An alternate suggestion for the area north of City Hall in Galena might be to fence around the cluster of shafts and collapse craters and provide wooden-fenced walkways similar to those built by the U.S. Park Service among the mud pits and geysers in Yellowstone Park. Explanatory signs and pictures could be placed at intervals along the path. The area could be locked at night or when unattended.

An information center, in conjunction with the walkway, might be developed in City Hall which is closely adjacent. If entry to the informational walkway was through City Hall, some control to access would be possible.

Displays stressing the historical importance of the first mines in Kansas and the development of the Short Creek District, Galena, and Empire City should attract passing tourists and visitors on nearby U.S. 66.

It is probable that there still exist old photos, pictures, and maps of the exact area to the west of City Hall as well as representative photos and displays of other areas, mills, smelters, equipment, miners, and people of the area.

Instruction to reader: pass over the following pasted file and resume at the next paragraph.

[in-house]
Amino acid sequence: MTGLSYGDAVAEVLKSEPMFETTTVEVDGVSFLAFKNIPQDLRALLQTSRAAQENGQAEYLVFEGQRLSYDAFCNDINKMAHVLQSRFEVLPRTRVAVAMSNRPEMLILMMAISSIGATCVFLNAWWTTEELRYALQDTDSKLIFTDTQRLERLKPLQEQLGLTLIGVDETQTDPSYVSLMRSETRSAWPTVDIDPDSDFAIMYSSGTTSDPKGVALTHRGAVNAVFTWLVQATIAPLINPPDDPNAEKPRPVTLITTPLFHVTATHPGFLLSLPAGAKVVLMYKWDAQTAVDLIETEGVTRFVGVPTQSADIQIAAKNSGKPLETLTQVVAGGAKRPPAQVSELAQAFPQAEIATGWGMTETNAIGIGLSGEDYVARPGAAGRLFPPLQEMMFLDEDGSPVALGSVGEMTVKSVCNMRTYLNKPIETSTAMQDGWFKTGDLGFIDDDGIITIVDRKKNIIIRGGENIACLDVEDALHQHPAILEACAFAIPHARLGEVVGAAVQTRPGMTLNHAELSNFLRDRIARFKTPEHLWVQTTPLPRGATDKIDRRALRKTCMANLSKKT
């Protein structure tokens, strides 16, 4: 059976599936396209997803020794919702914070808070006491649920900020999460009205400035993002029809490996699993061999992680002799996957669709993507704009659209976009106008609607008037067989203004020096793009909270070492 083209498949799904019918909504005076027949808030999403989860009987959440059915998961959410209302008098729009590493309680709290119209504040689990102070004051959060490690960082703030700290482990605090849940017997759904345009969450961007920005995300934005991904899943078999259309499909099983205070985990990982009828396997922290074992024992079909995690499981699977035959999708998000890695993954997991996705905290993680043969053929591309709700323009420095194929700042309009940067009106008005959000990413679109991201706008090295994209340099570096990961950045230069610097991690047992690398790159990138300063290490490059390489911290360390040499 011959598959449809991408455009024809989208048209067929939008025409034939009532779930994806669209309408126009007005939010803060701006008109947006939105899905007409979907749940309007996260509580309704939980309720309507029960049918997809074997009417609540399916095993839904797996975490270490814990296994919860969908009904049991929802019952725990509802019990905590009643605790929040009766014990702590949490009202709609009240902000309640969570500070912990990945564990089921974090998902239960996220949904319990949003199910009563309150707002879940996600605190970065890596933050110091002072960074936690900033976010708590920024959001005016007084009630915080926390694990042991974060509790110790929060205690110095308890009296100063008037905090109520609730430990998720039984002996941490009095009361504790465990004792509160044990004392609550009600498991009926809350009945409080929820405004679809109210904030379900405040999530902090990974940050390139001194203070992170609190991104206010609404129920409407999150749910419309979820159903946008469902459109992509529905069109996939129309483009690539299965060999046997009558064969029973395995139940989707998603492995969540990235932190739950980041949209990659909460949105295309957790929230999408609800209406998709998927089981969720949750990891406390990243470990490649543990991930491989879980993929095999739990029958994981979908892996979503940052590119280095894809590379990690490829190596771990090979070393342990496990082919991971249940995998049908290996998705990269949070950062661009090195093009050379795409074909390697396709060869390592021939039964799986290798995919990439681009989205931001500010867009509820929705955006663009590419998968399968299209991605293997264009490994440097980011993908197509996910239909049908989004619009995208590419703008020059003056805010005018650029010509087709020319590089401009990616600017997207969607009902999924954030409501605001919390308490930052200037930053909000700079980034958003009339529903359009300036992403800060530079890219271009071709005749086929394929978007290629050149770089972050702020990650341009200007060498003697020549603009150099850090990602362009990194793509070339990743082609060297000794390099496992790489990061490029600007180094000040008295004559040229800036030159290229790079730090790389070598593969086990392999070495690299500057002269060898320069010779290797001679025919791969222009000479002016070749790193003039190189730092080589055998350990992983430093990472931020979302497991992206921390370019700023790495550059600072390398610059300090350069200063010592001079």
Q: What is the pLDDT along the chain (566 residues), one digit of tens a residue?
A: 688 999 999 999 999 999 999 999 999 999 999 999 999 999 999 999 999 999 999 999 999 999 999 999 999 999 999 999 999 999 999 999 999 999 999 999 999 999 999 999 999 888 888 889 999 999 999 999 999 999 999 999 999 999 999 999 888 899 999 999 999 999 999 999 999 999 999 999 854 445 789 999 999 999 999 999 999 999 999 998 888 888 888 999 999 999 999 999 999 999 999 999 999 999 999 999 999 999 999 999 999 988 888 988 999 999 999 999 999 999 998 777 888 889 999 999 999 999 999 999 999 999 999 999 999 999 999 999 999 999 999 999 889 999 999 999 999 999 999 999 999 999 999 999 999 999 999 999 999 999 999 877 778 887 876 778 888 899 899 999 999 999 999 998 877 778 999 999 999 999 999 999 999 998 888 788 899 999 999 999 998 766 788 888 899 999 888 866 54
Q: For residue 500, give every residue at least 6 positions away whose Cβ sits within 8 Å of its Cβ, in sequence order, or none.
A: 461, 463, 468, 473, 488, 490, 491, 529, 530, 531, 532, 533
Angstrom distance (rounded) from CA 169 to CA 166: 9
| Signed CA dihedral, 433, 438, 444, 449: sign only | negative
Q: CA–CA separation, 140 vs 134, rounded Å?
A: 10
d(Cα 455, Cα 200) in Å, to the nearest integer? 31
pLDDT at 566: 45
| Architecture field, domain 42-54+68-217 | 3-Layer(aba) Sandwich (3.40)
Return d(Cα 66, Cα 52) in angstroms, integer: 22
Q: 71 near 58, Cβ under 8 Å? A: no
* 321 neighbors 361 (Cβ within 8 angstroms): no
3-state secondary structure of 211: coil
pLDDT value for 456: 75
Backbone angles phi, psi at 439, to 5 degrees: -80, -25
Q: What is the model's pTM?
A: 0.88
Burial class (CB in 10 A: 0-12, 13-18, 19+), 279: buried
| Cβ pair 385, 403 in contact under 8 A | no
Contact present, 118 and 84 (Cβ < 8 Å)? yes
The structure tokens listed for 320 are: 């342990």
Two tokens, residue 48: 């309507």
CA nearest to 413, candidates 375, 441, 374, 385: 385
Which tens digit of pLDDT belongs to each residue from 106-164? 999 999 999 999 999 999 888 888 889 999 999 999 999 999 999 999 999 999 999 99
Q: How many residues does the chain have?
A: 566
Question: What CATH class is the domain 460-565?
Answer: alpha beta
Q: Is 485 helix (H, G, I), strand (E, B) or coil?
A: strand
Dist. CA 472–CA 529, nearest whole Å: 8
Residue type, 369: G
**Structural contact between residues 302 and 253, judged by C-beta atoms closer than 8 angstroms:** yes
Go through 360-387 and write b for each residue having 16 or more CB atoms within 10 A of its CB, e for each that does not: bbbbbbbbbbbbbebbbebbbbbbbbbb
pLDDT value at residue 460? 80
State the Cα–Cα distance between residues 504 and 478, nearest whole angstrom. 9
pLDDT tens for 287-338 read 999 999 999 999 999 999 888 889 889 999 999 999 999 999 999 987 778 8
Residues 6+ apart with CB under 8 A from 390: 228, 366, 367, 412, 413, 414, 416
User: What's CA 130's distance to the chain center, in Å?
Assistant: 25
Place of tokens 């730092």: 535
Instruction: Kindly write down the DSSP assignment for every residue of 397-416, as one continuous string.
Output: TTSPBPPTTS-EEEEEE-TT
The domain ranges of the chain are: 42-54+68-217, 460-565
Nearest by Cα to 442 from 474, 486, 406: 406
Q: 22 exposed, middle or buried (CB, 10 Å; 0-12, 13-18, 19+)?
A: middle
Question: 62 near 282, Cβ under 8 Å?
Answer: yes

Displays of actual mining equipment, if available, and explanations of its use in conjunction with displays of the district's rocks and minerals would be very informational.

In addition to the historical displays, panels might be made to explain the Bureau of Mines reclamation project, its objective, and sponsors. Enlarged color photos and an automated slide show with explanatory sound tape could be inexpensively devised. The effect of this would be to show the area and the project in a positive manner to the general public.

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Kansas Geological Survey, Tri-state Mining Area
Comments to
Web version May 2004. Report from January 1983.